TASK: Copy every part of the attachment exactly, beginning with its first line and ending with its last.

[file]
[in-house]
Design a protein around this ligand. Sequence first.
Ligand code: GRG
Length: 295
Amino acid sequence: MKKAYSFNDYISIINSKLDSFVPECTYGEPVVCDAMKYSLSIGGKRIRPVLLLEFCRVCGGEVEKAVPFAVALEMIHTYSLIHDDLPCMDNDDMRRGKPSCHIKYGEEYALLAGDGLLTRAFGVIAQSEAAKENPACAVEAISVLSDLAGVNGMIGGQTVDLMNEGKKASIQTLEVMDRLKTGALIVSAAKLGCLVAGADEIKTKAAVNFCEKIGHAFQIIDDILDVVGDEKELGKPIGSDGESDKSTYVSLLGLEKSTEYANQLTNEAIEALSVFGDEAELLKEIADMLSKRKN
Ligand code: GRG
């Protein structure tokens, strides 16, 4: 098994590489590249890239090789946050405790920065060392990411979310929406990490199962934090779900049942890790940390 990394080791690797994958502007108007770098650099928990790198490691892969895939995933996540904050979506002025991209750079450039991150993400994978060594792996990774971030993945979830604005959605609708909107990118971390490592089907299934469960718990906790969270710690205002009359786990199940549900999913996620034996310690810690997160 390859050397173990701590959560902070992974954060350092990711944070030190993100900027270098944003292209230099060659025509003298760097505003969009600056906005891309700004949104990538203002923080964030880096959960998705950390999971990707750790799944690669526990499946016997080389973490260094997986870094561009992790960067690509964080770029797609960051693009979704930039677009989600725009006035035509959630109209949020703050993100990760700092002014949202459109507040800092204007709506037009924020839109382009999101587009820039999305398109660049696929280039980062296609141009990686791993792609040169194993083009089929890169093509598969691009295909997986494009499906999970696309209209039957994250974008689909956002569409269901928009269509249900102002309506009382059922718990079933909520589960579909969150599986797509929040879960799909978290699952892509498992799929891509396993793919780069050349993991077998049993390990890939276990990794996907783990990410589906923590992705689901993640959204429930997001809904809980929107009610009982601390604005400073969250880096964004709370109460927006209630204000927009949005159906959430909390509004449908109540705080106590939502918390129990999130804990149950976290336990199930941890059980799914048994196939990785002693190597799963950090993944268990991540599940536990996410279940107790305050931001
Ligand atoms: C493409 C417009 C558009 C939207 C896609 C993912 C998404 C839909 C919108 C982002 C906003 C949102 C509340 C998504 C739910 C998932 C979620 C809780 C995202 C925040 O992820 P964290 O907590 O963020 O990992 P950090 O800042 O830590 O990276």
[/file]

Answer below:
[in-house]
Design a protein around this ligand. Sequence first.
Ligand code: GRG
Length: 295
Amino acid sequence: MKKAYSFNDYISIINSKLDSFVPECTYGEPVVCDAMKYSLSIGGKRIRPVLLLEFCRVCGGEVEKAVPFAVALEMIHTYSLIHDDLPCMDNDDMRRGKPSCHIKYGEEYALLAGDGLLTRAFGVIAQSEAAKENPACAVEAISVLSDLAGVNGMIGGQTVDLMNEGKKASIQTLEVMDRLKTGALIVSAAKLGCLVAGADEIKTKAAVNFCEKIGHAFQIIDDILDVVGDEKELGKPIGSDGESDKSTYVSLLGLEKSTEYANQLTNEAIEALSVFGDEAELLKEIADMLSKRKN
Ligand code: GRG
């Protein structure tokens, strides 16, 4: 098994590489590249890239090789946050405790920065060392990411979310929406990490199962934090779900049942890790940390 990394080791690797994958502007108007770098650099928990790198490691892969895939995933996540904050979506002025991209750079450039991150993400994978060594792996990774971030993945979830604005959605609708909107990118971390490592089907299934469960718990906790969270710690205002009359786990199940549900999913996620034996310690810690997160 390859050397173990701590959560902070992974954060350092990711944070030190993100900027270098944003292209230099060659025509003298760097505003969009600056906005891309700004949104990538203002923080964030880096959960998705950390999971990707750790799944690669526990499946016997080389973490260094997986870094561009992790960067690509964080770029797609960051693009979704930039677009989600725009006035035509959630109209949020703050993100990760700092002014949202459109507040800092204007709506037009924020839109382009999101587009820039999305398109660049696929280039980062296609141009990686791993792609040169194993083009089929890169093509598969691009295909997986494009499906999970696309209209039957994250974008689909956002569409269901928009269509249900102002309506009382059922718990079933909520589960579909969150599986797509929040879960799909978290699952892509498992799929891509396993793919780069050349993991077998049993390990890939276990990794996907783990990410589906923590992705689901993640959204429930997001809904809980929107009610009982601390604005400073969250880096964004709370109460927006209630204000927009949005159906959430909390509004449908109540705080106590939502918390129990999130804990149950976290336990199930941890059980799914048994196939990785002693190597799963950090993944268990991540599940536990996410279940107790305050931001
Ligand atoms: C493409 C417009 C558009 C939207 C896609 C993912 C998404 C839909 C919108 C982002 C906003 C949102 C509340 C998504 C739910 C998932 C979620 C809780 C995202 C925040 O992820 P964290 O907590 O963020 O990992 P950090 O800042 O830590 O990276």